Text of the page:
However, within that same publication, on the same first page, there is a bold header titled “Some exceptions.”
        “The Windfall Elimination Provision doesn’t apply if you are a federal worker first hired after December, 31, 1983.”

        As I read this latter statement, it raises a legitimate reason why the WEP may not be applicable. However, no matter how one ultimately chooses to interpret this statement, it does read that the first federal hire date may provide an exception to the WEP.

        • Workers first hired after December 31, 1983 were covered by CSRS Interim (Social Security and a reduced CSRS contribution). On January 1, 1987, FERS became law. All those who were covered by CSRS Interim were converted to FERS and those hired on or after that date were also covered by FERS. However, any employee who returned to government service and had at least 5 years of CSRS coverage were placed in CSRS Offset. When they retire, they will receive a CSRS annuity that will be offset by Social Security when they reach age 62, whether or not they apply for that benefit.

          • The information about the first federal hire date is correct, but this topic can get unnecessarily more complicated, if the federal worker, first hired after 1983 and prior to 1987, does not elect to withhold retirement contributions from their federal salary. Such a worker could not be CSRS (interim), because no retirement contributions were being paid to that retirement system. In such a case, the worker could be assigned a retirement code classification, called FICA or (2), denoting a single system of deductions only for social security.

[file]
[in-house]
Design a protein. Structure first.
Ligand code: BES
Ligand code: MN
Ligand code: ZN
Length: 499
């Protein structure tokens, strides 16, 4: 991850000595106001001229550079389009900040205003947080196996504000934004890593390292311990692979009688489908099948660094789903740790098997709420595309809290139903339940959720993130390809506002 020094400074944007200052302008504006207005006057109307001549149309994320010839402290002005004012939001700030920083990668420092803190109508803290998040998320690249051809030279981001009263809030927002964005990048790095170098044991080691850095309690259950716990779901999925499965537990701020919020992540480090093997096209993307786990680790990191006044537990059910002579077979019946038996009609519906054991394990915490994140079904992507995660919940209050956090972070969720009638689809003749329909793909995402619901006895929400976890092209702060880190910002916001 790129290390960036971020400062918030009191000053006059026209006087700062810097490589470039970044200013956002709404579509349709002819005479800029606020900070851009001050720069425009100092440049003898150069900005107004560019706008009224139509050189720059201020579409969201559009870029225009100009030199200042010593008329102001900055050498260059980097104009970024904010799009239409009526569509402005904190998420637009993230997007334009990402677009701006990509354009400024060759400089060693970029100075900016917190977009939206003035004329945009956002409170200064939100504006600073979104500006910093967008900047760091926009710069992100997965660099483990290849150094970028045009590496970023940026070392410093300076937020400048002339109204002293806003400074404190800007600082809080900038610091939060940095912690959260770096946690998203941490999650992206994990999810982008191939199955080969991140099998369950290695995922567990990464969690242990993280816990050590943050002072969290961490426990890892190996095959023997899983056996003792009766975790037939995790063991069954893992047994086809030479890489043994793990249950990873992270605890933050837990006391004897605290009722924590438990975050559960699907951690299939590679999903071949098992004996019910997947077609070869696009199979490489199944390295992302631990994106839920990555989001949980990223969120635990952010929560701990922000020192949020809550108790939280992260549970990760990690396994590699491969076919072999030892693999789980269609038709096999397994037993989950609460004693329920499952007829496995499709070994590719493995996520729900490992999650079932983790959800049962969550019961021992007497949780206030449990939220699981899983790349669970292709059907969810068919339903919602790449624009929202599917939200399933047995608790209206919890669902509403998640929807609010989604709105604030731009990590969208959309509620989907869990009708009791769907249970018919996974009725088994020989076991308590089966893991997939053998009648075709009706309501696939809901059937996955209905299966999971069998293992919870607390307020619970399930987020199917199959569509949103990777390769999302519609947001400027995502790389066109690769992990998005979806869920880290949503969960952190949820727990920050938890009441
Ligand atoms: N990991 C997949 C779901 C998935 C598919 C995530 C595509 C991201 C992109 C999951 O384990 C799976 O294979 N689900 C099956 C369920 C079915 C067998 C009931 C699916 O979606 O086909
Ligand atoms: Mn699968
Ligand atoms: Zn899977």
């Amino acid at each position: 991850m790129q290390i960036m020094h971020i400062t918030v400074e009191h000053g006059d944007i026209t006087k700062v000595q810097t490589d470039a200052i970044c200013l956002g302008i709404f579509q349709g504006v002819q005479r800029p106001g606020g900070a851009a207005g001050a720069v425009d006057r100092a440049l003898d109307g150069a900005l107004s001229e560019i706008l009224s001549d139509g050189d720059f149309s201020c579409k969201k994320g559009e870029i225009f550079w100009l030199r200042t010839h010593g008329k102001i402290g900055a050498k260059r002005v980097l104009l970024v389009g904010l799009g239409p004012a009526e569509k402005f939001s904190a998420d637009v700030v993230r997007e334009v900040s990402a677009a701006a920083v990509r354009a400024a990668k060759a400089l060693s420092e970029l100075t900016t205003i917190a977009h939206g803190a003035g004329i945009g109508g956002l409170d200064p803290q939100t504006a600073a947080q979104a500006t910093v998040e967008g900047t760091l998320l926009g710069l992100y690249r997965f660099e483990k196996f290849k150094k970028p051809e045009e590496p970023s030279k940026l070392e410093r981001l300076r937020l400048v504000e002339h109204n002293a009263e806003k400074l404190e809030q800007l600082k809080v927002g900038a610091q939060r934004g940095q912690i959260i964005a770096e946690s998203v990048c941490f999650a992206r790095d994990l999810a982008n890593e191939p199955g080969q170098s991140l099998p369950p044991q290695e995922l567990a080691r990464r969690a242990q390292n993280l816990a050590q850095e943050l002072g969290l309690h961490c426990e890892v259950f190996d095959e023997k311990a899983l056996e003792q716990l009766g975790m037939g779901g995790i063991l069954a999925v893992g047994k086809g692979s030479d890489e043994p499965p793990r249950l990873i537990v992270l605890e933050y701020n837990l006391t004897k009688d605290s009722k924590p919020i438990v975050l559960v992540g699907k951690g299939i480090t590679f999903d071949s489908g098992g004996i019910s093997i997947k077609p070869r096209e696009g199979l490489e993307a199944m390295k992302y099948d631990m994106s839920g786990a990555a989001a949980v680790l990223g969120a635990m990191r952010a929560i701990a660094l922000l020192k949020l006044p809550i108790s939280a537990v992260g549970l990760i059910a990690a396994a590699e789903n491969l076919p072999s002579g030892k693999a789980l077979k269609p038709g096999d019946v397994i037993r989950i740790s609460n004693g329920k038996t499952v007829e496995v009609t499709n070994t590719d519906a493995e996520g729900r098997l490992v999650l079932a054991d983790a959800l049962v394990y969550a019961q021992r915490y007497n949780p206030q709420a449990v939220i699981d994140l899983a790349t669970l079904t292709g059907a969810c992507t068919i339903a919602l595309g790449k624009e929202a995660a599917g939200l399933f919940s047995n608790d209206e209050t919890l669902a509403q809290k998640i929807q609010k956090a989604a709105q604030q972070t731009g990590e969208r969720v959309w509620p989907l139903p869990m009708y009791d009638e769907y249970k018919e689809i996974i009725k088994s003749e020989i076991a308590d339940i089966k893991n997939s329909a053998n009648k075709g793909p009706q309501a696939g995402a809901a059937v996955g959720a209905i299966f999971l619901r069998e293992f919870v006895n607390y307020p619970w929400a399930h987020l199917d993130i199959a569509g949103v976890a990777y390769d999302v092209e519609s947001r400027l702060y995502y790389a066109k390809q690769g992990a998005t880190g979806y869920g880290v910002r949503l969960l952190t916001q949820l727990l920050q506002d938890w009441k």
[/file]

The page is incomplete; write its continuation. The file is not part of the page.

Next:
However, after 1986, this non-deduction service time would convert to FERS, provided the employee reactivated this service time (allowed prior to 1989), by a future civilian service deposit.

            The possible significance of this minutiae, could provide a possible WEP exemption, based on first federal hire date, as the employee would originally be entirely covered by FERS with no CSRS or CSRS-interim coverage.

          • According to OPM:
            “Creditable civilian service for making a coverage determination is any service that would be creditable under CSRS, even if this service was not covered by CSRS deductions or if deductions have been refunded. For the purpose of the 5-year test, it includes all potentially creditable service, such as service performed under another retirement system, which would be creditable if any necessary deposit were made.”

            Of that there is no manner of doubt –
            No probable, possible shadow of doubt –
            No possible doubt whatever.
            Sir William Schwenck Gilbert

          • If the first federal hire date is after 12/31/83 (CSRS interim) and then is automatically converted to FERS on (1/87), and the same employee subsequently returns to work a few more years later under FERS to qualify for a deferred annuity at age 62 years. The question is what retirement system is this employee and can the deferred annuity be subject to WEP?

            I thought the answer should be FERS and No WEP correct ?.